Labour miss out on majority in Wales

Wales fails to provide any consolation for Ed Miliband, as Labour miss out on majority by one seat.

UPDATE: Labour have failed to gain a majority in the Welsh Assesmbly. With 30 seats, Labour fell one short of a total majority. Looks like Ed Miliband's day is not going to get much better.

Labour's struggles in Scotland and the Liberal Democrats' battering in England will dominate the news today. In Wales, however, the election is on a knife edge.

With nine constituencies still to declare, Labour is seven seats away from a clear majority and being able to dump its coalition partner, Plaid Cymru. Surprise Conservative gains have, however, put these hopes on ice.

The results in Wales seem to be a microcosm of attitudes towards the coalition. While the Liberal Democrats have fallen out of favour, the Conservatives have quietly made gains. The Liberal Democrats have taken all of the flak at the ballot box, and the Teflon Tories have got away with it.

Any gains in Wales are a relatively surprising bonus for the Tories. They won't care, though. Labour's defeat in Scotland, and winning the AV vote, are both far more significant for the Conservatives' cause. For Labour, on the other hand, Wales is the last ray of hope for today.

A Welsh majority, however, will do little to heal the damage of the party's failure in Scotland. But on a day like today – with a very poor showing in Scotland, a looming defeat on AV and so-so results in council elections – Ed Miliband will take what he can get.

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The big problem for the NHS? Local government cuts

Even a U-Turn on planned cuts to the service itself will still leave the NHS under heavy pressure. 

38Degrees has uncovered a series of grisly plans for the NHS over the coming years. Among the highlights: severe cuts to frontline services at the Midland Metropolitan Hospital, including but limited to the closure of its Accident and Emergency department. Elsewhere, one of three hospitals in Leicester, Leicestershire and Rutland are to be shuttered, while there will be cuts to acute services in Suffolk and North East Essex.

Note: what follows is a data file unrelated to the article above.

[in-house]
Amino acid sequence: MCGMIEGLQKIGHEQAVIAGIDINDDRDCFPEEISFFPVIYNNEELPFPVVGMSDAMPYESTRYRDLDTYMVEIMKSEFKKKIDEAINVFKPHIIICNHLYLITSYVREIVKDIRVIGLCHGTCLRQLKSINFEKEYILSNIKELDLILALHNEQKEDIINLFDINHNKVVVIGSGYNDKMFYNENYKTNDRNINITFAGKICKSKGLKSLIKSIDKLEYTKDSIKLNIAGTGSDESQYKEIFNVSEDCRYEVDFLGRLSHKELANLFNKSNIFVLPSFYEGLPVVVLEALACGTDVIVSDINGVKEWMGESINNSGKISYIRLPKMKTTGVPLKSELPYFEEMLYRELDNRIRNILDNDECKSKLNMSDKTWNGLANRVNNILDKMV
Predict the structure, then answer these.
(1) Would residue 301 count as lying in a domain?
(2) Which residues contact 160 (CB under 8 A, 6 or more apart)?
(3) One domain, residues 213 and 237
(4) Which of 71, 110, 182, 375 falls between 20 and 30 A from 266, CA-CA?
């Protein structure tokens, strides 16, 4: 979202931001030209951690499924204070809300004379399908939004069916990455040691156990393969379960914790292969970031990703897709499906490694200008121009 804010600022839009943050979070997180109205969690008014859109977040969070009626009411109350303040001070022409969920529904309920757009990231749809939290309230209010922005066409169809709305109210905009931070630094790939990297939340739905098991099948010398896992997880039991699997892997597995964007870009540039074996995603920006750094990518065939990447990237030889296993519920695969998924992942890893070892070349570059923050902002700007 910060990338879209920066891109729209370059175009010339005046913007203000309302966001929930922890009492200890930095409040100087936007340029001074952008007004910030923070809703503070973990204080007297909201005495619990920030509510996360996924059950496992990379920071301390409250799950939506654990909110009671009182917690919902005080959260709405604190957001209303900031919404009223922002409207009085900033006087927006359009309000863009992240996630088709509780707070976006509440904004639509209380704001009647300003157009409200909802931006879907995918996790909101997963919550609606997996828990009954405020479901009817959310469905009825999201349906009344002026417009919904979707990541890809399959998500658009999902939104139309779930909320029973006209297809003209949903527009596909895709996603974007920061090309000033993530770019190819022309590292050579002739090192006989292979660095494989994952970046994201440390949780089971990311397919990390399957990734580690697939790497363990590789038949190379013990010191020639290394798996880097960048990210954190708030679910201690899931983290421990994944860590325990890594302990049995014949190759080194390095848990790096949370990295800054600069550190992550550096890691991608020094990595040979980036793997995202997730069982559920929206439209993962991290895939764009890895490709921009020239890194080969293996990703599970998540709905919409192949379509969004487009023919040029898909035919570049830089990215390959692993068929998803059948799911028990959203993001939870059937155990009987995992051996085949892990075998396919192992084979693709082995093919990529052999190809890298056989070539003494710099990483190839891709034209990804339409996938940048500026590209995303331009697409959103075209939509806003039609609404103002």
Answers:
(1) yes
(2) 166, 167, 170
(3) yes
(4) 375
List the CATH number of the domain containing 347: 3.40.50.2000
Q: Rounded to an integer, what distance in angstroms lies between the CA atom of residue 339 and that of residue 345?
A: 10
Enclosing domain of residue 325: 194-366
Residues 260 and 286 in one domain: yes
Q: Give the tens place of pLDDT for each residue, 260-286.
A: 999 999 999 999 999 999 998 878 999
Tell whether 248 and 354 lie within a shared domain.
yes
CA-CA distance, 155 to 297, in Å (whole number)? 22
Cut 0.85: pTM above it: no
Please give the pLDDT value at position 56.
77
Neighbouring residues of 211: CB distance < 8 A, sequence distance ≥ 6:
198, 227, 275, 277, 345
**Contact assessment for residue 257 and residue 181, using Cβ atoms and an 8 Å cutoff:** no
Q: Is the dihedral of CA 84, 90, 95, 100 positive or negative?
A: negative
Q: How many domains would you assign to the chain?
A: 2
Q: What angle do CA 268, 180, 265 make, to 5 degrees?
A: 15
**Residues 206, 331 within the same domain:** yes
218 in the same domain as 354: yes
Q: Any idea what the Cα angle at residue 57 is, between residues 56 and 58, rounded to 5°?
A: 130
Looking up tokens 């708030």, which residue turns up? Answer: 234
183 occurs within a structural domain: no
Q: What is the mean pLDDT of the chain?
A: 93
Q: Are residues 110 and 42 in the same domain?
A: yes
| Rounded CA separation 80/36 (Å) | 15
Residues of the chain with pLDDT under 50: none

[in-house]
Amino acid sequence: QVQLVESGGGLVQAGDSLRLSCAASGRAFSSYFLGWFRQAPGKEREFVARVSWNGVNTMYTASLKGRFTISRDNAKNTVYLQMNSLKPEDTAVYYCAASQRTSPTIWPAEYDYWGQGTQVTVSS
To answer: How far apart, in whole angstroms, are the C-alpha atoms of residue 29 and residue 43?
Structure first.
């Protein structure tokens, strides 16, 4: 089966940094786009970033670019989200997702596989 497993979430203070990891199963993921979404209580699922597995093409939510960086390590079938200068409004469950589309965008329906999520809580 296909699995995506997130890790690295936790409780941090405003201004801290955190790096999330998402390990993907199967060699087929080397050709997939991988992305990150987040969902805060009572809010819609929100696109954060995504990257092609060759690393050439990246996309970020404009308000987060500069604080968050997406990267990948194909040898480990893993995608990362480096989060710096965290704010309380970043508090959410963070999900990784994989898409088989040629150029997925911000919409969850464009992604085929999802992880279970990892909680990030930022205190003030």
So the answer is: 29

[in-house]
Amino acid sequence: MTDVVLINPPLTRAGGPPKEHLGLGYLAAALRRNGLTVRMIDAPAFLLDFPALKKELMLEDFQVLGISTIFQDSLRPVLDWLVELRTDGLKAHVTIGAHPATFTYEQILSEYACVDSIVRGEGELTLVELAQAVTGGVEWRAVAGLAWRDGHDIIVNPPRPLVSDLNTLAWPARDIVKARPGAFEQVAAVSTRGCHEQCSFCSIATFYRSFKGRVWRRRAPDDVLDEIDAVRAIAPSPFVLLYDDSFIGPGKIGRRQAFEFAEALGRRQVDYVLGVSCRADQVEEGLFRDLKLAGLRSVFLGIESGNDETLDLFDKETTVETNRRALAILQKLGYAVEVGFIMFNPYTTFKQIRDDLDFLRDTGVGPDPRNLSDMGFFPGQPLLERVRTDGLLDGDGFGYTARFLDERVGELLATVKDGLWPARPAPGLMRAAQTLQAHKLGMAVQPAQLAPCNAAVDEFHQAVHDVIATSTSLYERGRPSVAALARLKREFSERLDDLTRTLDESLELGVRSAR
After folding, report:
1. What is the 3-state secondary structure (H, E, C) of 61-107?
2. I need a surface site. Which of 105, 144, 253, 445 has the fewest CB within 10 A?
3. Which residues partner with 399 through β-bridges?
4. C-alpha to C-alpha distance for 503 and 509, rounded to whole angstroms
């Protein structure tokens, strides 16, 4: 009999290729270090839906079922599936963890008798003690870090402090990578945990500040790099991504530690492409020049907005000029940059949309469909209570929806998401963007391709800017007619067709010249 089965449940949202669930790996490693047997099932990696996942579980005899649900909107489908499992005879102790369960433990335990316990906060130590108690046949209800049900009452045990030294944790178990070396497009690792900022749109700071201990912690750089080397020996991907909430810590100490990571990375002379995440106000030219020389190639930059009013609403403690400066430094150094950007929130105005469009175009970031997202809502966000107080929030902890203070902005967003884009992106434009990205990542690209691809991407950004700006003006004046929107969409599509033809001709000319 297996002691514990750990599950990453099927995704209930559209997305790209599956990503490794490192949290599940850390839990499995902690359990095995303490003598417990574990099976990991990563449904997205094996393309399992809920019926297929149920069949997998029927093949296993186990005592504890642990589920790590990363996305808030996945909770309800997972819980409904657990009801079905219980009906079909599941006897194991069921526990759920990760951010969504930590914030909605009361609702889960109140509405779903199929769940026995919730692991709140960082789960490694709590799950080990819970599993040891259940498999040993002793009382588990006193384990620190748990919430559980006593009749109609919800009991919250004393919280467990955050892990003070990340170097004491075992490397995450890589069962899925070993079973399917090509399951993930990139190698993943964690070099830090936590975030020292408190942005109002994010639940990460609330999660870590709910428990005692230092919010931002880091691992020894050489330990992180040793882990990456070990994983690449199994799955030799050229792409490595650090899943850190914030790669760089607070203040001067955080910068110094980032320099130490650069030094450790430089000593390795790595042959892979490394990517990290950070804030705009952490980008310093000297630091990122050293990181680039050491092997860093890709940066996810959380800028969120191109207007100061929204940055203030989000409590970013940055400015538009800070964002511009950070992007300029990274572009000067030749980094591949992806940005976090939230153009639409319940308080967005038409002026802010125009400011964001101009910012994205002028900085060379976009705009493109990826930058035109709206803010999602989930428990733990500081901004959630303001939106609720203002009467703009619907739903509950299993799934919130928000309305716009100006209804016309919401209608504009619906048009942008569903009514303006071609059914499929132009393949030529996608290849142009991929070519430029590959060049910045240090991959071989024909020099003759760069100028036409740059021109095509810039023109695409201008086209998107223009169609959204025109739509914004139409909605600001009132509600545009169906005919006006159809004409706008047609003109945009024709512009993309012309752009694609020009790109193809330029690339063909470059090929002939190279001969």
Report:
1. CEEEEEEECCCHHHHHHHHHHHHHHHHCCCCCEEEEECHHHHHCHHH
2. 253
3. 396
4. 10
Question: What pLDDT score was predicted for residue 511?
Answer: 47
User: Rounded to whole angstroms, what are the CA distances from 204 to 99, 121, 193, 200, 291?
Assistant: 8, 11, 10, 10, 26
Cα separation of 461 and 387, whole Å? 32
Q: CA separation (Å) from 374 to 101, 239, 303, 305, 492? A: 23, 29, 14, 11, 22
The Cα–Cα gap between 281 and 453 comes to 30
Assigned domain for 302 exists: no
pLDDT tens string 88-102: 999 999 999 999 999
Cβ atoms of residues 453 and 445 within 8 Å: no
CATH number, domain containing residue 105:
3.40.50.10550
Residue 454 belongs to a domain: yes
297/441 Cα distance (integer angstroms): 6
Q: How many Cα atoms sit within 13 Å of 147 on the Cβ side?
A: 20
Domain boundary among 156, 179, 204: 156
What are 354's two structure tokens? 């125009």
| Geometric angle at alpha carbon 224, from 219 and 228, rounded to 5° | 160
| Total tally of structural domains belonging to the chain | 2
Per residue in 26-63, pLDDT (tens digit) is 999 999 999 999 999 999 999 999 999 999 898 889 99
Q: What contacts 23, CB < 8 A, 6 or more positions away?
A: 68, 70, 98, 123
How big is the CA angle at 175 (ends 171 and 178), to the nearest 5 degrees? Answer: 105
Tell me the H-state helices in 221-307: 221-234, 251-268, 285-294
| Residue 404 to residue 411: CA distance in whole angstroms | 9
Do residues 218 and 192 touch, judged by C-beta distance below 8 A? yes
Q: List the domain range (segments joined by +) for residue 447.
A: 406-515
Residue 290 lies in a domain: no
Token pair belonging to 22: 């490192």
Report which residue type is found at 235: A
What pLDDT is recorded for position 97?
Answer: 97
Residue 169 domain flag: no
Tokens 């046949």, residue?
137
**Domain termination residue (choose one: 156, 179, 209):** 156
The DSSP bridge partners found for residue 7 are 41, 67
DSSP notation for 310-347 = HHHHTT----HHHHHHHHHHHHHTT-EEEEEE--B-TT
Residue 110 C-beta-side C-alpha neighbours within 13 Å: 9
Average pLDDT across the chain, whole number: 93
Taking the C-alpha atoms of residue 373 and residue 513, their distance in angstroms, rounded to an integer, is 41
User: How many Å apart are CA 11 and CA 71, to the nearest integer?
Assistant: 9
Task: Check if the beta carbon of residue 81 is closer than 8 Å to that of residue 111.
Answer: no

These cuts come despite an additional £8bn annual cash injection into the NHS, characterised as the bare minimum needed by Simon Stevens, the head of NHS England.

The cuts are outlined in draft sustainability and transformation plans (STP) that will be approved in October before kicking off a period of wider consultation.

The problem for the NHS is twofold: although its funding remains ringfenced, healthcare inflation means that in reality, the health service requires above-inflation increases to stand still. But the second, bigger problem aren’t cuts to the NHS but to the rest of government spending, particularly local government cuts.

That has seen more pressure on hospital beds as outpatients who require further non-emergency care have nowhere to go, increasing lifestyle problems as cash-strapped councils either close or increase prices at subsidised local authority gyms, build on green space to make the best out of Britain’s booming property market, and cut other corners to manage the growing backlog of devolved cuts.

All of which means even a bigger supply of cash for the NHS than the £8bn promised at the last election – even the bonanza pledged by Vote Leave in the referendum, in fact – will still find itself disappearing down the cracks left by cuts elsewhere. 

Stephen Bush is special correspondent at the New Statesman. He usually writes about politics.